Seattle’s local utility is developing a knowledge transfer system to operate and maintain the system, explains its dam safety supervisor, Walter L. Davis
Seattle relies on hydropower produced at dams located in the northwestern US for about 90% of its energy needs. Training and succession planning are important topics at Seattle’s municipally-owned electric utility – Seattle City Light. The utility is using innovative hydro operator training and apprenticeship programmes as part of a strategy to identify, capture and transfer critical system knowledge and skills. Key tools in the strategy include job shadowing, mentoring, skills testing, group learning, and peer reviews to grow the knowledge base necessary to operate and maintain its hydro system.
Knowledge management is a timely topic for Seattle City Light as more than a quarter of the utility’s 1600 workers are eligible or will become eligible to retire in the next five years. Currently, the North American energy sector is competing for a smaller pool of qualified people to meet increasing demands for environmentally responsible power. To meet these challenges, the utility’s top management is making recruiting, training and retaining a qualified workforce a top priority. Seattle City Light’s human resources officer, Jean West, and talent acquisition and development manager, DaVonna Johnson, are leading a utility-wide workforce planning effort (succession planning) and have just completed an employee survey to help identify training needs.
As the pace of technological change accelerates, new skill sets need to be continually developed. At the same time, some specialised system knowledge needs to bridge back many decades. For example, a good understanding of original design and construction helps ensure continued safe operation of aging dams, power tunnels and penstocks, especially when loading conditions or operating requirements change. Successful organisations are those that promote a knowledge-sharing culture and encourage people to be flexible and innovative, discovering ways to support corporate goals within their specialty areas.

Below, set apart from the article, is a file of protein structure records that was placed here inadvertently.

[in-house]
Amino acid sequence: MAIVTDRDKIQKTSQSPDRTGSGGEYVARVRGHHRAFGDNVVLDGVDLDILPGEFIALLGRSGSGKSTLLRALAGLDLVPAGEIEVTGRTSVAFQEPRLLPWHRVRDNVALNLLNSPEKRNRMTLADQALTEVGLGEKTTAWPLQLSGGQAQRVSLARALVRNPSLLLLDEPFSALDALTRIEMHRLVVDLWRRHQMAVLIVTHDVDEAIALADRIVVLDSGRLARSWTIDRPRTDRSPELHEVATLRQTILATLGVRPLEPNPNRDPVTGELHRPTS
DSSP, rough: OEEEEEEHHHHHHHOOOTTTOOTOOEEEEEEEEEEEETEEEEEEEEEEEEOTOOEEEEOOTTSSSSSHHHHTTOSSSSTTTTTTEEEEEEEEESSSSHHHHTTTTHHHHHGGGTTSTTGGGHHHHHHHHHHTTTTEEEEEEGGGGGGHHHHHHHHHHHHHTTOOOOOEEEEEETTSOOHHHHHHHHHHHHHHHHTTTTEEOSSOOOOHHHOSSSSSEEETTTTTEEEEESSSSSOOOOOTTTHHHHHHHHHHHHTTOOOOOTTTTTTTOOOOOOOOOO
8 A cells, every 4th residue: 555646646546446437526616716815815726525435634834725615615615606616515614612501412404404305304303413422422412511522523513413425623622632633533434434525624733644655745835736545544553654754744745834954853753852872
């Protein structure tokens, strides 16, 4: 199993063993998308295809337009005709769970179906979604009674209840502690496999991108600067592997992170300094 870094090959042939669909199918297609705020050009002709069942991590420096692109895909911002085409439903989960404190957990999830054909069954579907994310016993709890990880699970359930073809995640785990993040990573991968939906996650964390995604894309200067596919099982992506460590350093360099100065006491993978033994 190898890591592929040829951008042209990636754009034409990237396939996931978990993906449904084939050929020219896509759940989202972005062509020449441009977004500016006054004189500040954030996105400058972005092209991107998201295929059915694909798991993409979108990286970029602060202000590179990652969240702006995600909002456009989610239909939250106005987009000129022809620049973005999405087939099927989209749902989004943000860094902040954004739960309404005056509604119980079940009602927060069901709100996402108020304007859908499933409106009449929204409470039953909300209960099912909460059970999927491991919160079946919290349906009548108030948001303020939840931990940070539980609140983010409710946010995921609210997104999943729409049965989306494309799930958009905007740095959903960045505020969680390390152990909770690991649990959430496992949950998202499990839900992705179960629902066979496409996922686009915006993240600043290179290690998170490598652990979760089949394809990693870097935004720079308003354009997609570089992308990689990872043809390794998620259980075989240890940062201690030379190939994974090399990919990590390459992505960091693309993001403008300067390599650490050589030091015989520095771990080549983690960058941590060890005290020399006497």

Seattle City Light is a department of the municipal government and a number of city-wide efforts are underway to identify, assess, capture and transfer knowledge necessary to ensure the continuity of government services in all sectors. The utility’s knowledge comes from the beliefs and skills that enable it to produce and deliver environmentally responsible, safe, low cost and reliable power but this asset is not just the sum of all 1600 workers’ skills and experiences; it is more than the sum of the parts.
The organisation succeeds only through the co-ordinated efforts of many knowledge areas. The individual’s knowledge is augmented by formal and informal information exchanges, interactions, processes and networks between the many different communities of knowledge that extend both inside and outside the company. For example, Seattle City Light is part of an international dam safety interest group (DSIG) that includes dam owners from North America, Europe, Australia and New Zealand.
DSIG sponsors a variety of research projects. Recently, a survey to identify current trends in knowledge transfer within the utility marketplace was circulated by the DSIG Technical Coordinator to all participants. In addition to finding out what utilities are doing and how they are working, the survey was also designed to see if responders clearly understand what knowledge transfer means and that it is the end product of a four-step knowledge management process.
One way of thinking about the four steps of knowledge management was summarised by Bill Christman, hydro engineering manager of Chelan Public Utility District (the second largest non-federal hydro producer in the US). He told a Federal Energy Regulatory Commission (FERC)?workshop on operating plans and institutional knowledge that the four steps are:
• Identify critical skills and know-how necessary to operate the power plants and electrical system, including potential and existing knowledge gaps. Often the least well understood tasks are most at risk from attrition by a few specialists in that area.
• Assess the consequences of not retaining that knowledge. Is this knowledge necessary? Everything is driven by business needs. It is important to do a risk assessment of the ramifications of losing information and/or getting some of it wrong at each step along the way.
• Capture information and know-how in standard operating procedures, work management systems, after-action reports and other explicit formats so the knowledge can be reused. This makes knowledge transfer and retention easier.
• Transfer the knowledge to new workers or groups of workers though training, mentoring, coaching, group-learning, sharing case histories and doing projects together.
To become effective, new workers need to learn and understand more than just the information contained in job descriptions, manuals, procedures, instructions, and work management systems about how to do their jobs. This is “explicit knowledge” which can be easily codified, embedded in procedures and transferred with reasonable accuracy. They also need to absorb what is called “tacit knowledge”, which is more personal and intuitive and is gained by interacting on the job, sharing experiences, and through mentoring and coaching networks. It is that deep-seated understanding that enables people to effectively work through all the complexities and nuances of their responsibilities.